Source:Biopolymers, 26:937–62, 1987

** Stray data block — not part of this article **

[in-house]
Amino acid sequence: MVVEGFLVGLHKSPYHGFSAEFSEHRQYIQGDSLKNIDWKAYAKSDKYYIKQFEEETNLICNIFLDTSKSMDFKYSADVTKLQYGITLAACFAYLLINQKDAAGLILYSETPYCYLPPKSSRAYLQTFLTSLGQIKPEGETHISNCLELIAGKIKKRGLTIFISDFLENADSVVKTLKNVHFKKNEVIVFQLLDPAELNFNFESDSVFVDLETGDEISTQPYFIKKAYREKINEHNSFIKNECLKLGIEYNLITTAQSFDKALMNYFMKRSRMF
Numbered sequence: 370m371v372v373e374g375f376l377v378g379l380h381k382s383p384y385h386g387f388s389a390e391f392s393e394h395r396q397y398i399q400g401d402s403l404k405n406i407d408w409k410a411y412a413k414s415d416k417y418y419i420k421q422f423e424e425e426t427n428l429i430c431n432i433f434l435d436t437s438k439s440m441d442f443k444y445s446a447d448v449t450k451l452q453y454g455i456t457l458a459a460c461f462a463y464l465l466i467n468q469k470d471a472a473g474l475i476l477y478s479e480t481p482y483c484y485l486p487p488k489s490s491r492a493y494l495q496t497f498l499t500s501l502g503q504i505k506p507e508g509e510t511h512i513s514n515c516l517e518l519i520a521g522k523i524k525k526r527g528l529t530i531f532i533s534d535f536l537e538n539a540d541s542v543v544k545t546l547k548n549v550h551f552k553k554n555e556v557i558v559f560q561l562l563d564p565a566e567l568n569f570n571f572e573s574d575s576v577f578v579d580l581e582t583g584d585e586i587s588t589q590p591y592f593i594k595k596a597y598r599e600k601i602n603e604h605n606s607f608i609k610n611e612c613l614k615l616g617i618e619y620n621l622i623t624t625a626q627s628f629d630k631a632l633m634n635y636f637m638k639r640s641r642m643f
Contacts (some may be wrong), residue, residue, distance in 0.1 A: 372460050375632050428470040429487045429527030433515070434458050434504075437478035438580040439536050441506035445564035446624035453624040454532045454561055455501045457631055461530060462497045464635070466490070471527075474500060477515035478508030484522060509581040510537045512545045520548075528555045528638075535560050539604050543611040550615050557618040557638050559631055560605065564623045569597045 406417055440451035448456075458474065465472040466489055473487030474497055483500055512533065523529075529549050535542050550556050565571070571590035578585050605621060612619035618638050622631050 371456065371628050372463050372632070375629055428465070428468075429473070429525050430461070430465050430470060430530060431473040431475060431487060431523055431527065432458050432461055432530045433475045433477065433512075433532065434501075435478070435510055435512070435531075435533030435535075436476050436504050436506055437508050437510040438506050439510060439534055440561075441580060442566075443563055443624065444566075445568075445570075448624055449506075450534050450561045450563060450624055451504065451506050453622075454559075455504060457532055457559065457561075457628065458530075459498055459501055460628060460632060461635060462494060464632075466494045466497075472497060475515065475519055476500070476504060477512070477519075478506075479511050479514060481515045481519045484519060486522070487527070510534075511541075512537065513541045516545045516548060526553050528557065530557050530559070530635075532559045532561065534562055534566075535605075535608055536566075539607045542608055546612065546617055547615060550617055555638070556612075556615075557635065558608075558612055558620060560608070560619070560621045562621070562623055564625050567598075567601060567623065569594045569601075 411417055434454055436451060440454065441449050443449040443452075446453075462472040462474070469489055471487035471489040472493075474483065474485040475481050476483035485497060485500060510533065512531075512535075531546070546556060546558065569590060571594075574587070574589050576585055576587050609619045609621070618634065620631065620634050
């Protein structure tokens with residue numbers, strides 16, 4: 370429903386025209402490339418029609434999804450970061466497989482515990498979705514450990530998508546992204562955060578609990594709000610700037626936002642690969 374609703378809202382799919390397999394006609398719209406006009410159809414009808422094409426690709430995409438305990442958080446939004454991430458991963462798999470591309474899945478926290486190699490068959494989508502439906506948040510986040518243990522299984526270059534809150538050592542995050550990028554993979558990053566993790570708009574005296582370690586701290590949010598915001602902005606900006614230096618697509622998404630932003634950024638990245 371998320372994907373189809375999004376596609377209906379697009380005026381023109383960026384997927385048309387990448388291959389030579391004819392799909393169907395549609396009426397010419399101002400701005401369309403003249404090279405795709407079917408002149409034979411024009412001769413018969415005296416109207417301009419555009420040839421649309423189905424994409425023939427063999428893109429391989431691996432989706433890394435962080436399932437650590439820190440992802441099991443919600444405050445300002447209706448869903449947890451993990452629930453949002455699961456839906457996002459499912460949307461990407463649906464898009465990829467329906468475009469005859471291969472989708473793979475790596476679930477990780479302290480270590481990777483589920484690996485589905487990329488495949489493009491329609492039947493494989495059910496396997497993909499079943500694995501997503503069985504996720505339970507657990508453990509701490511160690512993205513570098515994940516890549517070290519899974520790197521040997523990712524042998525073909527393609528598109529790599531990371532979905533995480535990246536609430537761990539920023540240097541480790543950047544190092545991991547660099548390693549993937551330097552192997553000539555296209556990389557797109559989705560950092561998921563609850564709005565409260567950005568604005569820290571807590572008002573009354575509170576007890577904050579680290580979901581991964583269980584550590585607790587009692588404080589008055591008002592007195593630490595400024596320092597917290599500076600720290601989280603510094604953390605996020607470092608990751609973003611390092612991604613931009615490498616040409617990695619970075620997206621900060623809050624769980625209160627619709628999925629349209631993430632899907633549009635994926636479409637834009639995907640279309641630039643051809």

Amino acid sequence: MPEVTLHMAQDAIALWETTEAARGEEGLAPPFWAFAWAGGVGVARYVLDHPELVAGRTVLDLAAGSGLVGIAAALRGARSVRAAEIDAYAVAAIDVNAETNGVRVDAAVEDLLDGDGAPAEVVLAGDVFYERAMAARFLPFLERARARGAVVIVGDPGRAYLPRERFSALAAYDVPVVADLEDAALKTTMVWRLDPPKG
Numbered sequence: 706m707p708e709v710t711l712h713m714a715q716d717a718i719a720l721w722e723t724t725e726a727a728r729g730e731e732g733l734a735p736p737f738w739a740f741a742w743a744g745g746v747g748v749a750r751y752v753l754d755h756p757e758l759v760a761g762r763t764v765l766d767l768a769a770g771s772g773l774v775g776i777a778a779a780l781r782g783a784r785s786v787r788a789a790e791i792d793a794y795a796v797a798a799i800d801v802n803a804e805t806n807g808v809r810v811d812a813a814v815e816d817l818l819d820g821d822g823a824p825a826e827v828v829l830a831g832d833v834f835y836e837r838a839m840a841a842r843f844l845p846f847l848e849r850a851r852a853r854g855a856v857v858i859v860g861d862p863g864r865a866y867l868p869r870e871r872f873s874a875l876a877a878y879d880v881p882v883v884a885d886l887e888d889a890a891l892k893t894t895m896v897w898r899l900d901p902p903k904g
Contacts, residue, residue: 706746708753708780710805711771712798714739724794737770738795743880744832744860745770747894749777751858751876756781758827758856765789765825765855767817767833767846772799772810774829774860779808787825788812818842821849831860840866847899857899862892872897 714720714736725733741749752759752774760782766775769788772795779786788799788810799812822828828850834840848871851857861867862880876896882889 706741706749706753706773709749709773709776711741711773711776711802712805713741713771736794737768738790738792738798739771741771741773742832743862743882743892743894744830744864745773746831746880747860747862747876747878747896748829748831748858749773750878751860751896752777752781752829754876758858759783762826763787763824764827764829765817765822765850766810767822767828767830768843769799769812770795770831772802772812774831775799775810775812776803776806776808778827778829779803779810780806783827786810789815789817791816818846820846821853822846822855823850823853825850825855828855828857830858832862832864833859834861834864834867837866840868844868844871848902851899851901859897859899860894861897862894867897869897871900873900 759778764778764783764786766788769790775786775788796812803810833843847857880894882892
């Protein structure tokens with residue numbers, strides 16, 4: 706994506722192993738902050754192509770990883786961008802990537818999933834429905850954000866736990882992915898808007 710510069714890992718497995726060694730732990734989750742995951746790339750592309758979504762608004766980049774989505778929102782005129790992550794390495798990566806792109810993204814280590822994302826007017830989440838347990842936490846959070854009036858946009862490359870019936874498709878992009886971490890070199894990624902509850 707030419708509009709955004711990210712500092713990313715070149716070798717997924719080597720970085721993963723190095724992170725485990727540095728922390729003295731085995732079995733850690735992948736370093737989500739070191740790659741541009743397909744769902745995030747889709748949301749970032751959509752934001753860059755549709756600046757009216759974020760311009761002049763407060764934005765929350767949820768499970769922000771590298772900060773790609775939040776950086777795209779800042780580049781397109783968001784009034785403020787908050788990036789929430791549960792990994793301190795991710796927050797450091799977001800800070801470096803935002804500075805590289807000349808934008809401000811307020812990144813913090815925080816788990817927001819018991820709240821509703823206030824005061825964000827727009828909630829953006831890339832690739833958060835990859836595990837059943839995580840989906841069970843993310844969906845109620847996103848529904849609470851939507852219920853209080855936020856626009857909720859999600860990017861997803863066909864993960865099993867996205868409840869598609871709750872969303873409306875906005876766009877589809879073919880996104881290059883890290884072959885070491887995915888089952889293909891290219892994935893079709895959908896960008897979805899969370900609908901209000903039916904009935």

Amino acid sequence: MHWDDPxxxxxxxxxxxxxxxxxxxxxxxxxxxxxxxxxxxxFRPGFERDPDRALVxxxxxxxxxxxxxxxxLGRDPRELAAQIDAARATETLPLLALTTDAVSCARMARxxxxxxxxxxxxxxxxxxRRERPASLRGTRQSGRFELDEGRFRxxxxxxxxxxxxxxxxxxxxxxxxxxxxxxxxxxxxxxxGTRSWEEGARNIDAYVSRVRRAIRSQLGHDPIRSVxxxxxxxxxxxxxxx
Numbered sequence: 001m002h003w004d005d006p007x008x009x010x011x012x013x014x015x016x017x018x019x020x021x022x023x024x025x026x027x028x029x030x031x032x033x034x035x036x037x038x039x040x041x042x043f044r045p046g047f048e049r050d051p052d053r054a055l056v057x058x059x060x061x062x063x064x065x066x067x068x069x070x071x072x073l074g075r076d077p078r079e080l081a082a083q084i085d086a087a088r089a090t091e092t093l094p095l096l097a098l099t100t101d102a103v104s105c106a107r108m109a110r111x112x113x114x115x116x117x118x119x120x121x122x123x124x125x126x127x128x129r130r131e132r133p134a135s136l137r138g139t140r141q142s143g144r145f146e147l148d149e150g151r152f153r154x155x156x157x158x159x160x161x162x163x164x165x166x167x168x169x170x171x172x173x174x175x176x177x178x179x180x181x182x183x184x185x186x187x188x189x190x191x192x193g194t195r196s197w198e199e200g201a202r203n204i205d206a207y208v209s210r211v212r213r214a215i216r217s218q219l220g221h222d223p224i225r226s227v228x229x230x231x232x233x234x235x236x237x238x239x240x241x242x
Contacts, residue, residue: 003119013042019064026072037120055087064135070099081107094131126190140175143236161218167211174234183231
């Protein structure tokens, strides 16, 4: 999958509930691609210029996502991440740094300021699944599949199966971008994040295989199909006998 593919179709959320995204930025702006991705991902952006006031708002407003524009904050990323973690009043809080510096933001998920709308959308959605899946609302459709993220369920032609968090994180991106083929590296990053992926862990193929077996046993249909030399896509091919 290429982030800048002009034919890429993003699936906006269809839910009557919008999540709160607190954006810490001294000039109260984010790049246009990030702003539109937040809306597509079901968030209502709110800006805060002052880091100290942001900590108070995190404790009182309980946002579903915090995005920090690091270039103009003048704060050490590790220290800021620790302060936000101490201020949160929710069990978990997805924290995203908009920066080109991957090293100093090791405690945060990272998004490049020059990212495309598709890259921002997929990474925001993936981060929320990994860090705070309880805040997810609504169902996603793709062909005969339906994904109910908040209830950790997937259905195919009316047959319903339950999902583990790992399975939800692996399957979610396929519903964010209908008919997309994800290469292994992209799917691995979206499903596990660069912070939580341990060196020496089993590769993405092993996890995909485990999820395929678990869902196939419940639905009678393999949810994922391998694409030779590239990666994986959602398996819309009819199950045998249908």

Dynamic Monte Carlo studies have been performed on various diamond lattice models of β-proteins. Unlike previous work, no bias toward the native state is introduced; instead, the protein is allowed to freely hunt through all of phase space to find the equilibrium conformation. Thus, these systems may aid in the elucidation of the rules governing protein folding from a given primary sequence; in particular, the interplay of short- vs long-range interaction can be explored. Three distinct models (A[BOND]C) were examined. In model A, in addition to the preference for trans (t) over gauche states (g+ and g−) (thereby perhaps favoring β-sheet formation), attractive interactions are allowed between all nonbonded, nearest neighbor pairs of segments. If the molecules possess a relatively large fraction of t states in the denatured form, on cooling spontaneous collapse to a well-defined β-barrel is observed. Unfortunately, in model A the denatured state exhibits too much secondary structure to correctly model the globular protein collapse transition. Thus in models B and C, the local stiffness is reduced. In model B, in the absence of long-range interactions, t and g states are equally weighted, and cooperativity is introduced by favoring formation of adjacent pairs of nonbonded (but not necessarily parallel) t states. While the denatured state of these systems behaves like a random coil, their native globular structure is poorly defined. Model C retains the cooperativity of model B but allows for a slight preference of t over g states in the short-range interactions. Here, the denatured state is indistinguishable from a random coil, and the globular state is a well-defined β-barrel. Over a range of chain lengths, the collapse is well represented by an all-or-none model. Hence, model C possesses the essential qualitative features observed in real globular proteins. These studies strongly suggest that the uniqueness of the globular conformation requires some residual secondary structure to be present in the denatured state.